Let the sequence ekk∈N⊂Y form a b-orthonormal b-basis for Z. Then, the system ykk∈N⊂Y forms a b-frame for Z if and only if there exists a bounded surjective operator U:Z→Z such that U(b(x,ek))=b(x,yk), ∀x∈X and ∀k∈N.

Proof.

Let ykk∈N form a b-frame for Z. By Theorem 12, the bounded surjective operator T:l2(X)→Z is defined:(38)Txkk∈N=∑k=1∞bxk,yk. Consider the operator Φ:Z→l2(X) by the formula Φ(z)=z,ekk∈N. It is clear that Φ(b(x,ej))=δjkxk∈N. Let us define the operator U:Z→Z as follows: U=TΦ. It is obvious that U is a bounded surjective operator and(39)Ubx,ek=TΦbx,ek=Tδjkxk∈N=bx,yk,∀x∈X,∀k∈N is fulfilled.

Conversely, suppose that there is a bounded surjective operator U:Z→Z, such that U(b(x,ek))=b(x,yk), ∀x∈X, ∀k∈N. Let us show that ykk∈N is a b-frame in Z. Let z∈Z be an arbitrary element. We have(40)z,yk=U∗z,ek.Indeed, ∀x∈X we have(41)x,z,ykX=bx,yk,zZ=Ubx,ek,zZ=bx,ek,U∗zZ=x,U∗z,ekX,and therefore holds (40). Then,(42)∑k=1∞z,ykX2=∑k=1∞U∗z,ekX2=U∗zl2X2.By virtue of the surjectivity of U, there exists A>0 such that U∗zl2(X)≥AzZ. On the other hand, U∗zl2(X)≤UzZ. Thus, from (42) it follows that ykk∈N forms a b-frame for Z.

Theorem is proved.

Let the sequence ykk∈N⊂Y form a b-frame for Z and consider the operator-matrix U=(ulk), i,k∈N, where ulk∈L(X,X). Assume that the system φll∈N⊂Y satisfies the following condition:(43)z,φl=∑k=1∞ulkz,yk.

The following theorem is true, which of an independent interest.

Theorem 15.

Let the sequence ykk∈N⊂Y form a b-frame for Z with bounds A, B and a b-frame operator S; φll∈N⊂Y forms a b-frame for Z with bounds A1 and B1. If ulk(x)=S-1(b(x,yk)),φl, i,k∈N, then U=(ulk) is a bounded operator in l2(X).

Proof.

Take ∀x→=xkk∈N∈l2(X).

We have(44)Ux→l2X2=∑l=1∞∑k=1∞ulkxkX2=∑l=1∞∑k=1∞S-1bxk,yk,φlX2=∑l=1∞∑k=1∞S-1bxk,yk,φlX2≤B1∑k=1∞S-1bxk,ykZ2=B1supz=1∑k=1∞S-1bxk,yk,zZ2=B1supz=1∑k=1∞xk,S-1z,ykX2≤B1supz=1∑k=1∞xkXS-1z,ykX2≤B1supz=1∑k=1∞xkX2∑k=1∞S-1z,ykX2≤B1S-12x→l2X2.Thus, the operator U is bounded and U≤B1S-1.

The theorem is proved.

The following theorem in a certain sense is the inverse of Theorem 15.

Theorem 16.

Let the sequence ykk∈N⊂Y form a b-frame for Z with bounds A and B, let U=(ulk) be a bounded operator in l2(X), and the sequence φll∈N⊂Y is such that the relation (43) holds. Then, φll∈N forms a b-frame for Z if and only if (45)∃c>0:∑l=1∞z,φlX2≥c∑k=1∞z,ykX2,∀z∈Z.

Proof.

Let φll∈N be a b-frame in Z with the bounds A1 and B1. Then, ∀z∈Z, we have(46)∑l=1∞z,φlX2≥A1zZ2≥A1B∑k=1∞z,ykX2.

Conversely, suppose that inequality (45) holds. Let us show that φll∈N is b-frame in Z. It is clear that(47)Uz,ykk∈N=z,φll∈N,∀z∈Z. Consequently,(48)∑l=1∞z,φlX2=Uz,ykk∈Nl2X2≤U2∑k=1∞z,ykX2≤U2BzZ2.Then, according to (45) and (14), we obtain(49)∑l=1∞z,φlX2≥c∑k=1∞z,ykX2≥cAzZ2; that is, φll∈N forms a b-frame for Z.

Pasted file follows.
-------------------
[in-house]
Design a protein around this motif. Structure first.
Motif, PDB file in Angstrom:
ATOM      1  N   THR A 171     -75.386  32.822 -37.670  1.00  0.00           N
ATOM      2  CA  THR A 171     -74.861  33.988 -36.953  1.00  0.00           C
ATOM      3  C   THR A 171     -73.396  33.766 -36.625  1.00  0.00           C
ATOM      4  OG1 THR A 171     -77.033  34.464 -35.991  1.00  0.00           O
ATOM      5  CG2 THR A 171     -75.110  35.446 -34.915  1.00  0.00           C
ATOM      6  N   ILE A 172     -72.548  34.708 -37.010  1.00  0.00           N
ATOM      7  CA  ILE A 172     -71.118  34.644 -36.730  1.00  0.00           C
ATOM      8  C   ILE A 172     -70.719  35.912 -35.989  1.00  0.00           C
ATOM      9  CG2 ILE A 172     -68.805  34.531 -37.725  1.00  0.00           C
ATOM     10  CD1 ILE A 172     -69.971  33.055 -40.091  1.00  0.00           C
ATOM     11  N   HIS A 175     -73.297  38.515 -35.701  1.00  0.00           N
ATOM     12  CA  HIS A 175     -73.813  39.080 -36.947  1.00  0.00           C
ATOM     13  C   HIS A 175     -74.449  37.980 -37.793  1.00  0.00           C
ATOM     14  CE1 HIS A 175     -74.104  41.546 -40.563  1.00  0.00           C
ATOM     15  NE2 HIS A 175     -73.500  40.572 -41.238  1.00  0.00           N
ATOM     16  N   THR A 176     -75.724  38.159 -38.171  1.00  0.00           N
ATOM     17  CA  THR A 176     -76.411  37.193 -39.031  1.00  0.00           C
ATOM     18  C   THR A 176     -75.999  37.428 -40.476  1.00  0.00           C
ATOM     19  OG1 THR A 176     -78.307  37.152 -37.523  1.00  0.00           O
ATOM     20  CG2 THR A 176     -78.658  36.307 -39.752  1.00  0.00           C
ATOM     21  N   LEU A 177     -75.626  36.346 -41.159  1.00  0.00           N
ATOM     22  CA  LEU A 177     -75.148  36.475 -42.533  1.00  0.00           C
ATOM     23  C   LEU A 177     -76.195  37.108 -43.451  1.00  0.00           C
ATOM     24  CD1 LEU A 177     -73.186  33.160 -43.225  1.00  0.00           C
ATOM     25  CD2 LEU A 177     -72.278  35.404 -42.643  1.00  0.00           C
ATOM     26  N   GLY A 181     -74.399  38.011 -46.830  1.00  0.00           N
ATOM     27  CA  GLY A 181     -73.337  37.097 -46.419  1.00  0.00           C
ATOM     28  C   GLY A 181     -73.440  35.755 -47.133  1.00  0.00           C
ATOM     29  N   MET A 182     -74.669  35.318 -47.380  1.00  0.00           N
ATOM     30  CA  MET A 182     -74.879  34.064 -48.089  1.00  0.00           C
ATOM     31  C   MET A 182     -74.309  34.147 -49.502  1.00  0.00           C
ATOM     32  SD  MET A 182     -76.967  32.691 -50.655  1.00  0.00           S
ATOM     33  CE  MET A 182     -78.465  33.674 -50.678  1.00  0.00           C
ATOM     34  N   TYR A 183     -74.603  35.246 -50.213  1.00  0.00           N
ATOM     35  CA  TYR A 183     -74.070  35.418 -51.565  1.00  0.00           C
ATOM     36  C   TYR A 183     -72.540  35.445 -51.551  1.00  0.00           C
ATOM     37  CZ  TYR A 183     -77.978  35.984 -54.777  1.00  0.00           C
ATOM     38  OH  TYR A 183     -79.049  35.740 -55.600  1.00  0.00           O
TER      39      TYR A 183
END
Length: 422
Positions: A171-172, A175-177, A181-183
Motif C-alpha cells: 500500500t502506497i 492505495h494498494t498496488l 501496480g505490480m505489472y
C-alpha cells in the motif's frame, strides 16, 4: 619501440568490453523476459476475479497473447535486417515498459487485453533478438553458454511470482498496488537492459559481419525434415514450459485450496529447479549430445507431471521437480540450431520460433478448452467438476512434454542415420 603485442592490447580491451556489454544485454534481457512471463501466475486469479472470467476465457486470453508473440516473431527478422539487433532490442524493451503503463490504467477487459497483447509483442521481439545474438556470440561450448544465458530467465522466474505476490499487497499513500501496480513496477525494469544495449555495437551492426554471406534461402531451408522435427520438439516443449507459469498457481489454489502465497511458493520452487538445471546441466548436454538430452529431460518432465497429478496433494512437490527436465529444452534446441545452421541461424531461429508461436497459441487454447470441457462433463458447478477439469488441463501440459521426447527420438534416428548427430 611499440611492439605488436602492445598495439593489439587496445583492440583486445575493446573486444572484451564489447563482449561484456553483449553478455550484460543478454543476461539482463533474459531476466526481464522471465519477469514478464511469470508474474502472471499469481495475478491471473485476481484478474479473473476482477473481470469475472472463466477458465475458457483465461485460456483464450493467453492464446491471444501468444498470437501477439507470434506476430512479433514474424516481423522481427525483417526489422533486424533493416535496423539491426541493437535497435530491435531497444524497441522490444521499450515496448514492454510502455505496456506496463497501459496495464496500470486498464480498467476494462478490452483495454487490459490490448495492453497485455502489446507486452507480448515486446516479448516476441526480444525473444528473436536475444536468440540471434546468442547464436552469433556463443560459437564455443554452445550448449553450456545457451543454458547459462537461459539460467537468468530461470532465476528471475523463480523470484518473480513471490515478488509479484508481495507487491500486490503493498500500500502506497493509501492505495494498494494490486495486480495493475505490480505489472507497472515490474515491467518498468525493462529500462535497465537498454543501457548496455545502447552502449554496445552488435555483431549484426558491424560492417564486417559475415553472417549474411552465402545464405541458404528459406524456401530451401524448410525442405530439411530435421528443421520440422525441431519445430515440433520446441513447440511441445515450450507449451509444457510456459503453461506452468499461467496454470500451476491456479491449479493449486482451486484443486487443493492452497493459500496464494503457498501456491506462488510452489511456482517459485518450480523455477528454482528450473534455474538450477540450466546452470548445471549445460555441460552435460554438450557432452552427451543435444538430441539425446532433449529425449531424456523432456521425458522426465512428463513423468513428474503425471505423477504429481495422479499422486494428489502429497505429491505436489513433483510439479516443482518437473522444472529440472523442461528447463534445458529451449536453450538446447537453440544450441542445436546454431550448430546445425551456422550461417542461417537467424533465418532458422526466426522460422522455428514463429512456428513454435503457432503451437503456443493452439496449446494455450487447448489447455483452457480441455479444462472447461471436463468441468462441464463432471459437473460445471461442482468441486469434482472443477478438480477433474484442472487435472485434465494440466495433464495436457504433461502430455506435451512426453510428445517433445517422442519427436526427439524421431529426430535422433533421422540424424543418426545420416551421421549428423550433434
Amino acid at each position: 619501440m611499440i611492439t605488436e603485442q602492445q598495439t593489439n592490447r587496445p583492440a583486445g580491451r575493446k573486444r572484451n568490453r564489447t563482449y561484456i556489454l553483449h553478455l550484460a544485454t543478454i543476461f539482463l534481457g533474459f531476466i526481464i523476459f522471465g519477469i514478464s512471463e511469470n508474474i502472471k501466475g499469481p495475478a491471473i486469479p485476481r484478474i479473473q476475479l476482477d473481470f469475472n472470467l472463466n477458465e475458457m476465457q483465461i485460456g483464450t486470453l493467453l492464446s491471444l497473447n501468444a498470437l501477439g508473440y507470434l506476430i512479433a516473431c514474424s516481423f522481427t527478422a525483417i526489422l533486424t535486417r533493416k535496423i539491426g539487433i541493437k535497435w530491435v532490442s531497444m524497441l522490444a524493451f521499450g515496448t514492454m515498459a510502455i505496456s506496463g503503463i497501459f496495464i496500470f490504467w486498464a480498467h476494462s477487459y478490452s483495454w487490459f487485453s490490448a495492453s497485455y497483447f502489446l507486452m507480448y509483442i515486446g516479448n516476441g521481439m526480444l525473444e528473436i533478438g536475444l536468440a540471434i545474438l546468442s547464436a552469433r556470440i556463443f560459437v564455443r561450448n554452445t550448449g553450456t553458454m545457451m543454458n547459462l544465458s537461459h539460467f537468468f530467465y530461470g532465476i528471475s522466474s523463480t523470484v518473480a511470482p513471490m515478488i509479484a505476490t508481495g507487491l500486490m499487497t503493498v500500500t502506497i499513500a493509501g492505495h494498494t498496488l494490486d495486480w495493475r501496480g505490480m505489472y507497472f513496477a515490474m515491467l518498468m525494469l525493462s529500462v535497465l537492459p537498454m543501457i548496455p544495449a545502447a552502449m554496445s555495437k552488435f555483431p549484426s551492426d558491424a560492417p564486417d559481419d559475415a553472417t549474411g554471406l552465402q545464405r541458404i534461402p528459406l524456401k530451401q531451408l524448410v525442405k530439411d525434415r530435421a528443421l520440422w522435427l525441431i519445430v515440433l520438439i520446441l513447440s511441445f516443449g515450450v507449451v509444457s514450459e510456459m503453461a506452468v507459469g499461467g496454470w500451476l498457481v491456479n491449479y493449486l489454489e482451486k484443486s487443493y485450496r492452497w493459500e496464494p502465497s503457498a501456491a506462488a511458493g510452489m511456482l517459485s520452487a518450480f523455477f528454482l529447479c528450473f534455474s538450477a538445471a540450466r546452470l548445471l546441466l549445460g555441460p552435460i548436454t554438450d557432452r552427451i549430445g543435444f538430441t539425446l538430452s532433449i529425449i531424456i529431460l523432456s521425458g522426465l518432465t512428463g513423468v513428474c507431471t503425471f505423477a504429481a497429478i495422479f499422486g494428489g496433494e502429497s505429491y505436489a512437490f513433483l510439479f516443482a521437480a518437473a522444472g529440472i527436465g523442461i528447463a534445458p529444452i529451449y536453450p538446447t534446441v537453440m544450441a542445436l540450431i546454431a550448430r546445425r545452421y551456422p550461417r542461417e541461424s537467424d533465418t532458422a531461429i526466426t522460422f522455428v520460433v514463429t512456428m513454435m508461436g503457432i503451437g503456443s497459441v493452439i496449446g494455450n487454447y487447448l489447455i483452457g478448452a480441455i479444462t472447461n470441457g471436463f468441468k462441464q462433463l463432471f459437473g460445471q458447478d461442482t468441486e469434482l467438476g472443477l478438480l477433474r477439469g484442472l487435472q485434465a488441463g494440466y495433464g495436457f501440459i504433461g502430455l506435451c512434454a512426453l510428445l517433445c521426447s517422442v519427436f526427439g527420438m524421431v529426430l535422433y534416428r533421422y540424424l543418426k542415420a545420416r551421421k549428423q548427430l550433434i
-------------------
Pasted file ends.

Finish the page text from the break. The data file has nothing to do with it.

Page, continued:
The theorem is proved.

The following theorem establishes a relationship between the frames and systems of systems ykk∈N and φll∈N.

Theorem 17.

Let the sequence ykk∈N⊂Y form a b-frame for Z with bounds A and B, the operators ulk∈L(X,X), i,k∈N, are such that the inequality ulk(x)X≥alkxX is valid, alk≥0, ∀x∈X, and the following conditions are fulfilled:(50)b=supk∑j=1∞∑l=1∞ulj∗ulk<+∞;a=infk∑l=1∞alk2-∑j≠k∑l=1∞ulj∗ulk>0. Then, φll∈N is a b-frame in Z with bounds aA and bB.

Proof.

Take ∀z∈Z. Firstly, let us prove that φll∈N is b-Besselian in Z with a bound bB. We have(51)∑l=1∞z,φlX2=∑l=1∞∑k=1∞ulkz,ykX2=∑l=1∞∑k=1∞ulkz,yk,∑j=1∞uljz,yjZ=∑l=1∞∑k=1∞∑j=1∞ulj∗ulkz,yk,z,yjZ=∑k=1∞∑j=1∞∑l=1∞ulj∗ulkz,yk,z,yjZ≤∑k=1∞∑j=1∞∑l=1∞ulj∗ulkz,ykXz,yjX≤∑k=1∞∑j=1∞∑l=1∞ulj∗ulkz,ykX21/2∑k=1∞∑j=1∞∑l=1∞ulj∗ulkz,yjX21/2=∑k=1∞∑j=1∞∑l=1∞ulj∗ulkz,ykX2≤b∑k=1∞z,ykX2≤bBzZ2.Now, let us establish for φll∈N the left-hand side of inequality (14). We obtain(52)∑l=1∞z,φlX2=∑l=1∞∑k=1∞ulkz,ykX2=∑l=1∞∑k=1∞ulkz,yk,∑j=1∞uljz,yjZ=∑l=1∞∑k=1∞ulkz,ykX2+∑l=1∞∑k=1∞∑j≠k∞ulj∗ulkz,yk,z,yjZ=I1+I2.Consider I1 and I2, separately. We have(53)I1≥∑l=1∞∑k=1∞alk2z,ykX2,I2=∑k=1∞∑j≠k∞∑l=1∞ulj∗ulkz,yk,z,yjZ≤∑k=1∞∑j≠k∞∑l=1∞ulj∗ulkz,ykXz,yjX≤∑k=1∞∑j≠k∞∑l=1∞ulj∗ulkz,ykX21/2∑k=1∞∑j≠k∞∑l=1∞ulj∗ulkz,yjX21/2=∑k=1∞∑j≠k∞∑l=1∞ulj∗ulkz,ykX2.Consequently,(54)∑l=1∞z,φlX2≥∑l=1∞∑k=1∞alk2z,ykX2-∑k=1∞∑j≠k∞∑l=1∞ulj∗ulkz,ykX2≥a∑k=1∞z,ykX2≥aAzZ2.

The theorem is proved.

In particular, in the case of g-frame, we obtain the following result.

Theorem 18.

Let the sequence Λkk∈N⊂L(X,Z) form a g-frame for Z with bounds A and B, the operators ulk∈L(X,X), i,k∈N, are such that ulk(x)X≥alkxX, alk≥0, ∀x∈X, and the following condition is fulfilled:(55)b=supk∑j=1∞∑l=1∞ulj∗ulk<+∞;a=infk∑l=1∞alk2-∑j≠k∑l=1∞ulj∗ulk>0. Then, the bounded operators Φl=∑k=1∞ulkΛk are defined in X and Φll∈N are g-frames in Z with bounds aA and bB.

Competing Interests

The authors declare that they have no competing interests.